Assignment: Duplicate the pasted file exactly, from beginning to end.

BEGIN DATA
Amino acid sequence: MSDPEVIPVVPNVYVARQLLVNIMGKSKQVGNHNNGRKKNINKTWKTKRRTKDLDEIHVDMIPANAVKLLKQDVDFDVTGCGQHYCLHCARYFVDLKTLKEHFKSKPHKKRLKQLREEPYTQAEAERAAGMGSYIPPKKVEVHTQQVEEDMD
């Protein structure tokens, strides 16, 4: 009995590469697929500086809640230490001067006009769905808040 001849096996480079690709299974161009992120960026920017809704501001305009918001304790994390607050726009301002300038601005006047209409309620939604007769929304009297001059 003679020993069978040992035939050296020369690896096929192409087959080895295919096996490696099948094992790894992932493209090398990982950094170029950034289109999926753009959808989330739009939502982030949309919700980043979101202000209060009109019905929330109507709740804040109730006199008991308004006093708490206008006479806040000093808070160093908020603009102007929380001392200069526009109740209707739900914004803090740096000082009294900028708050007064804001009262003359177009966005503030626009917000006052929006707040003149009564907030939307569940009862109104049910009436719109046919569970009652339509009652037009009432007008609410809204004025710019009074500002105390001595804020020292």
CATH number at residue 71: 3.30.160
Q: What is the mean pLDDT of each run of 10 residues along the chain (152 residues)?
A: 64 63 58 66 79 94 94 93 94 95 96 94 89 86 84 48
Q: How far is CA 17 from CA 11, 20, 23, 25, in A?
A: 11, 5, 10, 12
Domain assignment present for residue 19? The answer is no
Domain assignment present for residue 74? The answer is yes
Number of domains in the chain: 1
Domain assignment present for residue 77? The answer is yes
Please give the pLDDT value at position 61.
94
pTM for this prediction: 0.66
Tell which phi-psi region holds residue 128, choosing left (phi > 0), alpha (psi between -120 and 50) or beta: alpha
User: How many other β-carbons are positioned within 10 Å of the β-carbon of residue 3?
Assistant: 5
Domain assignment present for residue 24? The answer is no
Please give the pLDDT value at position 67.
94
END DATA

Amino acid sequence: MSDPEVIPVVPNVYVARQLLVNIMGKSKQVGNHNNGRKKNINKTWKTKRRTKDLDEIHVDMIPANAVKLLKQDVDFDVTGCGQHYCLHCARYFVDLKTLKEHFKSKPHKKRLKQLREEPYTQAEAERAAGMGSYIPPKKVEVHTQQVEEDMD
């Protein structure tokens, strides 16, 4: 009995590469697929500086809640230490001067006009769905808040 001849096996480079690709299974161009992120960026920017809704501001305009918001304790994390607050726009301002300038601005006047209409309620939604007769929304009297001059 003679020993069978040992035939050296020369690896096929192409087959080895295919096996490696099948094992790894992932493209090398990982950094170029950034289109999926753009959808989330739009939502982030949309919700980043979101202000209060009109019905929330109507709740804040109730006199008991308004006093708490206008006479806040000093808070160093908020603009102007929380001392200069526009109740209707739900914004803090740096000082009294900028708050007064804001009262003359177009966005503030626009917000006052929006707040003149009564907030939307569940009862109104049910009436719109046919569970009652339509009652037009009432007008609410809204004025710019009074500002105390001595804020020292």
CATH number at residue 71: 3.30.160
Q: What is the mean pLDDT of each run of 10 residues along the chain (152 residues)?
A: 64 63 58 66 79 94 94 93 94 95 96 94 89 86 84 48
Q: How far is CA 17 from CA 11, 20, 23, 25, in A?
A: 11, 5, 10, 12
Domain assignment present for residue 19? The answer is no
Domain assignment present for residue 74? The answer is yes
Number of domains in the chain: 1
Domain assignment present for residue 77? The answer is yes
Please give the pLDDT value at position 61.
94
pTM for this prediction: 0.66
Tell which phi-psi region holds residue 128, choosing left (phi > 0), alpha (psi between -120 and 50) or beta: alpha
User: How many other β-carbons are positioned within 10 Å of the β-carbon of residue 3?
Assistant: 5
Domain assignment present for residue 24? The answer is no
Please give the pLDDT value at position 67.
94